Well it’s obviously sexist innit? Yes it is, certainly to our westernised eyes, although one should emphasise it is dressed solely in organic coffee beans, which may make it acceptable to some. But that’s not the real problem – take a look at the female mannequin’s colour, white yes? Not even a bit spanish/latin looking no? And what is the skin colour of the people who grow & produce this coffee – definitely not euro-white, but dark-skinned and indigenous. We’ve yet to see a dark-skinned indigenous looking mannequin in Peru. Indeed if you looked at the ‘public’ image or face of Peru – its politicans, business & church leaders, tv presenters & other celebrities, tv ads, it’s public faces – they are virtually all white, or at best spanish-white. The manequin is racist, just like Peru remains a very racist country. It’s a classist country too, but above all it’s racist. But that’s just a part of the backstory to Cafe Ayacuchano, which is a mighty fine coffee.
Where we found the coffee…
We first came across Cafe Ayacuchano by accident (see video about the coffee!), after visiting a couple of museums some 1-2km north of the Plaza de Armas in the city of Ayacucho. They had a small stand outside a large artesianal market (where you buy indigenous style clothing, souvenirs etc), and both the market & the coffee stand were located inside a part of what was once Ayacucho’s main prison. As was our mannequin coffee advertiser. Rather ironically, on March 3 1981 this prison had been stormed by members of Shining Path, the heavily maoist influenced communists in Peru, as a part of their Armed War against the Peruvian state and capital that commenced in 1980. Around 300 prisoners escaped.
Where’s the coffee from?
Cafe Ayacuchano is produced in an area known as the VRAE (the valleys of the rivers Ene & Apurimac), also known as VRAEM (by adding the river Mantaro to the north) – see basic info in spanish or english. These rivers are found pretty much on the borders of the Ayacucho region & several other regions. Cafe Ayacuchano is grown in the vicinity of the community of San Francisco, in the Anya district, located on the river Apurimac.
It is one of a number of economic initiatives (some with ‘dubious’ foreign aid backing ie USAid), to wrest control of the VRAEM back from Peru’s drug traffickers, who have turned the area into Peru’s largest producer of cocaine – around 70% of the country’s largest (illegal) export, by encouraging local indigenous crop growers to switch from coca leaf to coffee production.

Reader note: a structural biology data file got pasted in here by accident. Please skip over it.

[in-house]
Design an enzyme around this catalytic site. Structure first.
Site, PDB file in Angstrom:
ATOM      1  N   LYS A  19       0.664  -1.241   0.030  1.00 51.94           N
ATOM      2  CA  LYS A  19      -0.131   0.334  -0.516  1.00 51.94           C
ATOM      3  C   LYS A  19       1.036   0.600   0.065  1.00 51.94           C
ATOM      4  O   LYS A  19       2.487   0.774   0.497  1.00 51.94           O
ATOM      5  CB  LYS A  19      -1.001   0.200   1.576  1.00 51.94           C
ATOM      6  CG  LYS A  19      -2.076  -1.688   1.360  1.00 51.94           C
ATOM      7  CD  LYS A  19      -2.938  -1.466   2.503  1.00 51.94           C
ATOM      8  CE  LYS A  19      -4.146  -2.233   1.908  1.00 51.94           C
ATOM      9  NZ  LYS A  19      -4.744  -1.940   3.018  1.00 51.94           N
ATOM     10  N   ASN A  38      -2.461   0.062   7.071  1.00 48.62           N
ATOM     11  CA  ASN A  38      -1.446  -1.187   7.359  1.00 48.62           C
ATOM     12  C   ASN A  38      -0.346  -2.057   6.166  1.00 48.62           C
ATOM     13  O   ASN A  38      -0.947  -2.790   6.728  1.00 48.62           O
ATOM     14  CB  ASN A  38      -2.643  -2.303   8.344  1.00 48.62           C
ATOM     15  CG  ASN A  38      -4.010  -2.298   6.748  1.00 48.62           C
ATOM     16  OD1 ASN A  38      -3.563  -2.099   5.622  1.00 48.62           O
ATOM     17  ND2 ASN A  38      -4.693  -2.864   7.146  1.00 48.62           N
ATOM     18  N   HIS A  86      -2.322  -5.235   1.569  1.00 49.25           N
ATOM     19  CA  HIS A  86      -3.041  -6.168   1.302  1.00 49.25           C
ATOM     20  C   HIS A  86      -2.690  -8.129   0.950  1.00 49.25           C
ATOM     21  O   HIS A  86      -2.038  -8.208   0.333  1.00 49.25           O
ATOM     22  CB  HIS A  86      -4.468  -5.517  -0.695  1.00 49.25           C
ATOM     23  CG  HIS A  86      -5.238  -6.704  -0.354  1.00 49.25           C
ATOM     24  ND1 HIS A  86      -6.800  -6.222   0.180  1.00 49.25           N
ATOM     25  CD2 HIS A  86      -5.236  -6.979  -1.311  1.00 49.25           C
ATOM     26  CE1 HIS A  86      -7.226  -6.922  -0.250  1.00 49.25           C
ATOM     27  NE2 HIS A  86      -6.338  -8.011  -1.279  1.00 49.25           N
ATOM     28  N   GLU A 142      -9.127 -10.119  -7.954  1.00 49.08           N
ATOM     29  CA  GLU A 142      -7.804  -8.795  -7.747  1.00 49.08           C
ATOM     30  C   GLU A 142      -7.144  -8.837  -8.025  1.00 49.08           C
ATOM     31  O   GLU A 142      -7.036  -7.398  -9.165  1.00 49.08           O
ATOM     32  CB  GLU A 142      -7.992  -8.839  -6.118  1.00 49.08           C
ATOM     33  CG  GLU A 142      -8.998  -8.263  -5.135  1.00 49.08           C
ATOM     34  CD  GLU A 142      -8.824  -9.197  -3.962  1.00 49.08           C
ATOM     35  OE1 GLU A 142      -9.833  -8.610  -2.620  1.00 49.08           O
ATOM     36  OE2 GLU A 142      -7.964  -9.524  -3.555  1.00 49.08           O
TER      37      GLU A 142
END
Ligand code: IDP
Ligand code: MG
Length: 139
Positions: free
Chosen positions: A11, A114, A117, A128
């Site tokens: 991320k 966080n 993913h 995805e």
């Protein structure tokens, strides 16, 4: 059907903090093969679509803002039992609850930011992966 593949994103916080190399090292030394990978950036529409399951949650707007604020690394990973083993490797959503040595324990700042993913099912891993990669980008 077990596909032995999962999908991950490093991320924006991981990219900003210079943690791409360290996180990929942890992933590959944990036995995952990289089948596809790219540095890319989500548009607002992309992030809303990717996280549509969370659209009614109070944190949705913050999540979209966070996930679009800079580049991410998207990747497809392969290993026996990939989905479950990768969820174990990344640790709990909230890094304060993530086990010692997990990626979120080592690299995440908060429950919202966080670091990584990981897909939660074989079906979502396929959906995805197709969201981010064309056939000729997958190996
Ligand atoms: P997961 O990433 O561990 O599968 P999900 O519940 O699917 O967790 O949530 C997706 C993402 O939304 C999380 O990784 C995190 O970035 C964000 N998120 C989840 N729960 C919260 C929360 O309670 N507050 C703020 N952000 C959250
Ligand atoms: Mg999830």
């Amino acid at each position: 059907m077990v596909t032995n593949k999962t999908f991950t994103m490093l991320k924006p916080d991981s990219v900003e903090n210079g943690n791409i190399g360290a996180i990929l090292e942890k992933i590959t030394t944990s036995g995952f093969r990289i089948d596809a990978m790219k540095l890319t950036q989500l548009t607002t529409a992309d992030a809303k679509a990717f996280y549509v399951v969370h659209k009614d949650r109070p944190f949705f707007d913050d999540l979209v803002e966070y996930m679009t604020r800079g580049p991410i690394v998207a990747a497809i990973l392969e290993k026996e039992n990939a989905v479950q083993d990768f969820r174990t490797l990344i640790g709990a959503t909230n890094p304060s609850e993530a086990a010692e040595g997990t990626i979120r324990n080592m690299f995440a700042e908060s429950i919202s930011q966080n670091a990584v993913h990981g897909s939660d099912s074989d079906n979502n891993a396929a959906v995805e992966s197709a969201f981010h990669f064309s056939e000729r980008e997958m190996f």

Coffee good, coca (or cocaine) bad?
This is an incredibly complicated issue and region. Not only is the use of the coca leaf part of the traditional way of life for local indigenous people – as a food item, medicinal item, and as part of ‘religious’ ceremonies & festivities – but it is also their main cash crop, with upto 4 harvests per year. Switching to another crop is therefore fraught with financial complications amongst others. (see this good video & article by an investigative journalist on the aljazeera website). The Peruvian Govt of course, with massive backing & pressure from the US & international bodies, has run for numerous years a coca-eradication programme (not very successfully), using large military force. This is also tied up to the Peruvian state’s attempts to finally destroy the last remnants of the Shining Path group, who have for decades now had bases in the area, along with a heavy involvement in the drug trafficking trade. (see series of articles here on the drugs trade and S/Path)
But even this part of the issue is complicated. Whilst Shining Path originally commenced their operations in the Andean highlands of the Ayacucho region in 1980, as their suppport from campesinos decreased in line with S/Path’s authoritarian brutality, so S/Path retreated to the more jungle-like areas of the VRAE/M. And there they once again treated those they claimed to be trying to liberate with the utmost brutality & contempt, killing thousands. Which led to many local communitys & groups within the VRAE/M to launch their own organised armed defense groups to take on S/Path, efforts that remained largely independent of the Peruvian army’s military campaign – not least because the state regarded every indigenous person as a potential S/Path supporter, and also killed thousands of them! (excellent article here from UpsideDownWorld).
So not only is there local opposition to S/Path, there’s also mass local opposition to the coca-eradication programme, at least in the absence of any real policy that actually takes the well-being of the local peoples as its primary concern. As those with any understanding of post-Spanish invasion history of Peru will know, the well being of the indigenous peoples comes pretty much at the bottom of any list of state concerns.
NB: these two articles – here and here – on the Ashaninka people of this region give an idea of the struggles local people have experienced for centuries.